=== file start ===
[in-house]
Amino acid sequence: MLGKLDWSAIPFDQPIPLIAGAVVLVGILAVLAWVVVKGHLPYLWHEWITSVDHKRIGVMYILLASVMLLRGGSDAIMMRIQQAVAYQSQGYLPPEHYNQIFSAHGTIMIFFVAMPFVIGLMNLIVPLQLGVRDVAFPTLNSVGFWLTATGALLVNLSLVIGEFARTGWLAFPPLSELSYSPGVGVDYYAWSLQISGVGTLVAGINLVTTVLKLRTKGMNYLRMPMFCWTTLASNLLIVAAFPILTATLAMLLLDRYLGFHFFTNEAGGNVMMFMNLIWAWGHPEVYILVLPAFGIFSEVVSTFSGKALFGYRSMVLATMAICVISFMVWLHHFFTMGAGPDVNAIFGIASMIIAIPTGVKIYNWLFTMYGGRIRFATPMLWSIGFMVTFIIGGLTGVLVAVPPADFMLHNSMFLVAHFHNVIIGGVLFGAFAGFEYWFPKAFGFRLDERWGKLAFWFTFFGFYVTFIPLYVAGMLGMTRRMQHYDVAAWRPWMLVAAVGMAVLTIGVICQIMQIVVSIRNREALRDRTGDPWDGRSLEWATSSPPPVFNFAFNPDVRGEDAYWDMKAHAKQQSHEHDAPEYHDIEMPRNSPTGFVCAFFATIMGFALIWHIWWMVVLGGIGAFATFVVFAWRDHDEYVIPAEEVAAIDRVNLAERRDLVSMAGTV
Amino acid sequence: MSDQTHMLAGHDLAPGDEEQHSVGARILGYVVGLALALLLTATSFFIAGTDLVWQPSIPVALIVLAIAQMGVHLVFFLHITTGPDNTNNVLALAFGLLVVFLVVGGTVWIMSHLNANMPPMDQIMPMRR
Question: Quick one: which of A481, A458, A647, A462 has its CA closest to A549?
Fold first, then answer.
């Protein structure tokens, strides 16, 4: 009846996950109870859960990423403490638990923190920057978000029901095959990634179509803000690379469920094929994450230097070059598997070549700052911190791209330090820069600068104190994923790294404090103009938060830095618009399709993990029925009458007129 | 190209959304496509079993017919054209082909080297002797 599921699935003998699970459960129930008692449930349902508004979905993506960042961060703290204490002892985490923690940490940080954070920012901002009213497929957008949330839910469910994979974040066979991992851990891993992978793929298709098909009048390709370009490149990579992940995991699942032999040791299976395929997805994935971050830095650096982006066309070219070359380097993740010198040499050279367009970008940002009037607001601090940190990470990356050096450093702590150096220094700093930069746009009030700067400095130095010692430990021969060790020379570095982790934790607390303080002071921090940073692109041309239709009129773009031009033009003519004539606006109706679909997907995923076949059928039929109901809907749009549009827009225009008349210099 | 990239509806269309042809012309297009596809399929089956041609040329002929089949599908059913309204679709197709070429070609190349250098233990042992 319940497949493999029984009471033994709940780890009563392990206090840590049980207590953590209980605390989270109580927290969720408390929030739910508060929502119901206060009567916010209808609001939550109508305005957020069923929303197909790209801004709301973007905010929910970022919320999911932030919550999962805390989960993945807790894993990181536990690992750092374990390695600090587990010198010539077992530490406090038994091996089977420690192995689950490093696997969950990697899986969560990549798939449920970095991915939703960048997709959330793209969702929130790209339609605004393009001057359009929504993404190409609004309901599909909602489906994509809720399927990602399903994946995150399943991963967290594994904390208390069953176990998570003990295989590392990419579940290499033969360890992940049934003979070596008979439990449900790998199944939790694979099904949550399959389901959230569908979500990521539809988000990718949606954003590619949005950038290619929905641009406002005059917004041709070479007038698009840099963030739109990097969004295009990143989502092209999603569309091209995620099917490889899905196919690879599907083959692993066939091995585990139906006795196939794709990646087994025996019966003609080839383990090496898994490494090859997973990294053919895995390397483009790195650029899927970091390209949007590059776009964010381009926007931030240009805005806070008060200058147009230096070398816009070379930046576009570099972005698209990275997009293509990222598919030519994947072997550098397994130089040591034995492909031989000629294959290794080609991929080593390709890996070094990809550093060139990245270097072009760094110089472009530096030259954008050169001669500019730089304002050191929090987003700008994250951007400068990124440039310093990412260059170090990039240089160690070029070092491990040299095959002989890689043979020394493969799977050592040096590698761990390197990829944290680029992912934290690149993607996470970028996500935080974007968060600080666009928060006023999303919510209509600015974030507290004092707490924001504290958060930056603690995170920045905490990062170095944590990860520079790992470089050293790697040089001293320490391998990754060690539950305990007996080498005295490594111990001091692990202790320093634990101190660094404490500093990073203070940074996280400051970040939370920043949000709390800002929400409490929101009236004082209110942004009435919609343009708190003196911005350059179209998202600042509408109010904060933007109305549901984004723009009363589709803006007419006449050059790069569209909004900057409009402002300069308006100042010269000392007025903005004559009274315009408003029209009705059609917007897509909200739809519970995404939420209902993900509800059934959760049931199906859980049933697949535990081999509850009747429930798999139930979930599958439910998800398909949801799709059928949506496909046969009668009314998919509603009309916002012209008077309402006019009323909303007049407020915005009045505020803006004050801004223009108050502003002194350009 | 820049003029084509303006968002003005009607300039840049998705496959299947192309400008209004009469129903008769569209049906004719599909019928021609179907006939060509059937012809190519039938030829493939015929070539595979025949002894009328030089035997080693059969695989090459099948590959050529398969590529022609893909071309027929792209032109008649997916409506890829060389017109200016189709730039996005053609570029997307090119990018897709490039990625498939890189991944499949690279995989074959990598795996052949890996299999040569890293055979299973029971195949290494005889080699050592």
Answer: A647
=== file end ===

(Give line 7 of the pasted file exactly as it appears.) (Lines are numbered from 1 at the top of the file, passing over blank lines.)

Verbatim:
Answer: A647